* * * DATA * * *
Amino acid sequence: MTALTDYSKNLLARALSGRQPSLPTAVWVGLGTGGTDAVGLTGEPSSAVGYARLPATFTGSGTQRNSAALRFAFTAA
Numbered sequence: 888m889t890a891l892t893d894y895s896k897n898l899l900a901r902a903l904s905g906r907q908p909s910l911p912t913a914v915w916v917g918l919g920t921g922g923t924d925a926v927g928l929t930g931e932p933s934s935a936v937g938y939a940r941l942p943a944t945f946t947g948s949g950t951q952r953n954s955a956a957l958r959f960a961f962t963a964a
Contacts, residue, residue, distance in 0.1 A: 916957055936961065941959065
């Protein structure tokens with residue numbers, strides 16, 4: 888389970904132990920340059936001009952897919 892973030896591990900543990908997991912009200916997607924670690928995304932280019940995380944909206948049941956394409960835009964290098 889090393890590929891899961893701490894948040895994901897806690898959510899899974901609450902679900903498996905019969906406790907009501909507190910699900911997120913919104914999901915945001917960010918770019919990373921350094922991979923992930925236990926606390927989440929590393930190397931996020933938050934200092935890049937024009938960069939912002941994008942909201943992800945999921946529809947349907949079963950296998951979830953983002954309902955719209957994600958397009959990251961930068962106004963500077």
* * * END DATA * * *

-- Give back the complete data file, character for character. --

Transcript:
Amino acid sequence: MTALTDYSKNLLARALSGRQPSLPTAVWVGLGTGGTDAVGLTGEPSSAVGYARLPATFTGSGTQRNSAALRFAFTAA
Numbered sequence: 888m889t890a891l892t893d894y895s896k897n898l899l900a901r902a903l904s905g906r907q908p909s910l911p912t913a914v915w916v917g918l919g920t921g922g923t924d925a926v927g928l929t930g931e932p933s934s935a936v937g938y939a940r941l942p943a944t945f946t947g948s949g950t951q952r953n954s955a956a957l958r959f960a961f962t963a964a
Contacts, residue, residue, distance in 0.1 A: 916957055936961065941959065
């Protein structure tokens with residue numbers, strides 16, 4: 888389970904132990920340059936001009952897919 892973030896591990900543990908997991912009200916997607924670690928995304932280019940995380944909206948049941956394409960835009964290098 889090393890590929891899961893701490894948040895994901897806690898959510899899974901609450902679900903498996905019969906406790907009501909507190910699900911997120913919104914999901915945001917960010918770019919990373921350094922991979923992930925236990926606390927989440929590393930190397931996020933938050934200092935890049937024009938960069939912002941994008942909201943992800945999921946529809947349907949079963950296998951979830953983002954309902955719209957994600958397009959990251961930068962106004963500077």